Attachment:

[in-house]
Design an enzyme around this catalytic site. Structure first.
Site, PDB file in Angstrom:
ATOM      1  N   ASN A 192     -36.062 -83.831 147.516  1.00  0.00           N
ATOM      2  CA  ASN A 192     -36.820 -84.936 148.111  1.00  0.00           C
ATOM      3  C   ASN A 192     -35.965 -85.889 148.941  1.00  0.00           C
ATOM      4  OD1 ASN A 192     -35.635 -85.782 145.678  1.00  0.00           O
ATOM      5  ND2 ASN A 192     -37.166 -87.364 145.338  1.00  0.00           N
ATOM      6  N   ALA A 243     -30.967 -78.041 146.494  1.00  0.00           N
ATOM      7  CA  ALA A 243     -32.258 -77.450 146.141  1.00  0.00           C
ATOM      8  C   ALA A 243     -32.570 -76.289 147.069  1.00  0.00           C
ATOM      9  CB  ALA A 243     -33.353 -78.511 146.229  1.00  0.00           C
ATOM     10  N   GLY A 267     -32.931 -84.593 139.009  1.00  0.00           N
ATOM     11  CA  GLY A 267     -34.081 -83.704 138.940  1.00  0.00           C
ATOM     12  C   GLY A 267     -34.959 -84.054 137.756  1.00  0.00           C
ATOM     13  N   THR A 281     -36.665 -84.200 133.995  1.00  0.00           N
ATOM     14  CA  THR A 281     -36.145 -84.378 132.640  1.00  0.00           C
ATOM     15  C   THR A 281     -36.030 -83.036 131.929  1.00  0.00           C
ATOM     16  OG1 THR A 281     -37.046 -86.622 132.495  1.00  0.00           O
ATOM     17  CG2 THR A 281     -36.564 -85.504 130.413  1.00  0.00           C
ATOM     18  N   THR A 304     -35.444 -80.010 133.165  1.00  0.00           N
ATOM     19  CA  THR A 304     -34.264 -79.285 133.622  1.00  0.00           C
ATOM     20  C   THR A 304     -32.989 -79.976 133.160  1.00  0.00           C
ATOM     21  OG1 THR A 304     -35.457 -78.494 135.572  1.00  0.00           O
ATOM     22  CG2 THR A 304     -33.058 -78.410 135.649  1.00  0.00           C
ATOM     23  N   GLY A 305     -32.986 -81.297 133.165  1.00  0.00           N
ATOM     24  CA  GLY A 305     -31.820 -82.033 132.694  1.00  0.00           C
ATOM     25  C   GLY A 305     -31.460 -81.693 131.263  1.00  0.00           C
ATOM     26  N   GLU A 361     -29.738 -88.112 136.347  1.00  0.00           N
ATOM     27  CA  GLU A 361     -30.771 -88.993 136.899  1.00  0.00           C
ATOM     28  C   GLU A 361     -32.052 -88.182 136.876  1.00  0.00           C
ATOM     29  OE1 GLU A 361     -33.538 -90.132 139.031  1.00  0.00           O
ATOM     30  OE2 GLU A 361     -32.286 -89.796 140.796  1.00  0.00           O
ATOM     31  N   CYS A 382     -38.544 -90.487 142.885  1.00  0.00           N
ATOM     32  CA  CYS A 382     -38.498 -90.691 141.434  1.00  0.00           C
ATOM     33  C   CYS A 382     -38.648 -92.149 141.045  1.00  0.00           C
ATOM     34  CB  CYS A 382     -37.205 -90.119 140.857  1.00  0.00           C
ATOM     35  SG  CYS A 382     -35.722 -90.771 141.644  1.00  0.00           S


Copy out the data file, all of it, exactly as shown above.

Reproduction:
[in-house]
Design an enzyme around this catalytic site. Structure first.
Site, PDB file in Angstrom:
ATOM      1  N   ASN A 192     -36.062 -83.831 147.516  1.00  0.00           N
ATOM      2  CA  ASN A 192     -36.820 -84.936 148.111  1.00  0.00           C
ATOM      3  C   ASN A 192     -35.965 -85.889 148.941  1.00  0.00           C
ATOM      4  OD1 ASN A 192     -35.635 -85.782 145.678  1.00  0.00           O
ATOM      5  ND2 ASN A 192     -37.166 -87.364 145.338  1.00  0.00           N
ATOM      6  N   ALA A 243     -30.967 -78.041 146.494  1.00  0.00           N
ATOM      7  CA  ALA A 243     -32.258 -77.450 146.141  1.00  0.00           C
ATOM      8  C   ALA A 243     -32.570 -76.289 147.069  1.00  0.00           C
ATOM      9  CB  ALA A 243     -33.353 -78.511 146.229  1.00  0.00           C
ATOM     10  N   GLY A 267     -32.931 -84.593 139.009  1.00  0.00           N
ATOM     11  CA  GLY A 267     -34.081 -83.704 138.940  1.00  0.00           C
ATOM     12  C   GLY A 267     -34.959 -84.054 137.756  1.00  0.00           C
ATOM     13  N   THR A 281     -36.665 -84.200 133.995  1.00  0.00           N
ATOM     14  CA  THR A 281     -36.145 -84.378 132.640  1.00  0.00           C
ATOM     15  C   THR A 281     -36.030 -83.036 131.929  1.00  0.00           C
ATOM     16  OG1 THR A 281     -37.046 -86.622 132.495  1.00  0.00           O
ATOM     17  CG2 THR A 281     -36.564 -85.504 130.413  1.00  0.00           C
ATOM     18  N   THR A 304     -35.444 -80.010 133.165  1.00  0.00           N
ATOM     19  CA  THR A 304     -34.264 -79.285 133.622  1.00  0.00           C
ATOM     20  C   THR A 304     -32.989 -79.976 133.160  1.00  0.00           C
ATOM     21  OG1 THR A 304     -35.457 -78.494 135.572  1.00  0.00           O
ATOM     22  CG2 THR A 304     -33.058 -78.410 135.649  1.00  0.00           C
ATOM     23  N   GLY A 305     -32.986 -81.297 133.165  1.00  0.00           N
ATOM     24  CA  GLY A 305     -31.820 -82.033 132.694  1.00  0.00           C
ATOM     25  C   GLY A 305     -31.460 -81.693 131.263  1.00  0.00           C
ATOM     26  N   GLU A 361     -29.738 -88.112 136.347  1.00  0.00           N
ATOM     27  CA  GLU A 361     -30.771 -88.993 136.899  1.00  0.00           C
ATOM     28  C   GLU A 361     -32.052 -88.182 136.876  1.00  0.00           C
ATOM     29  OE1 GLU A 361     -33.538 -90.132 139.031  1.00  0.00           O
ATOM     30  OE2 GLU A 361     -32.286 -89.796 140.796  1.00  0.00           O
ATOM     31  N   CYS A 382     -38.544 -90.487 142.885  1.00  0.00           N
ATOM     32  CA  CYS A 382     -38.498 -90.691 141.434  1.00  0.00           C
ATOM     33  C   CYS A 382     -38.648 -92.149 141.045  1.00  0.00           C
ATOM     34  CB  CYS A 382     -37.205 -90.119 140.857  1.00  0.00           C
ATOM     35  SG  CYS A 382     -35.722 -90.771 141.644  1.00  0.00           S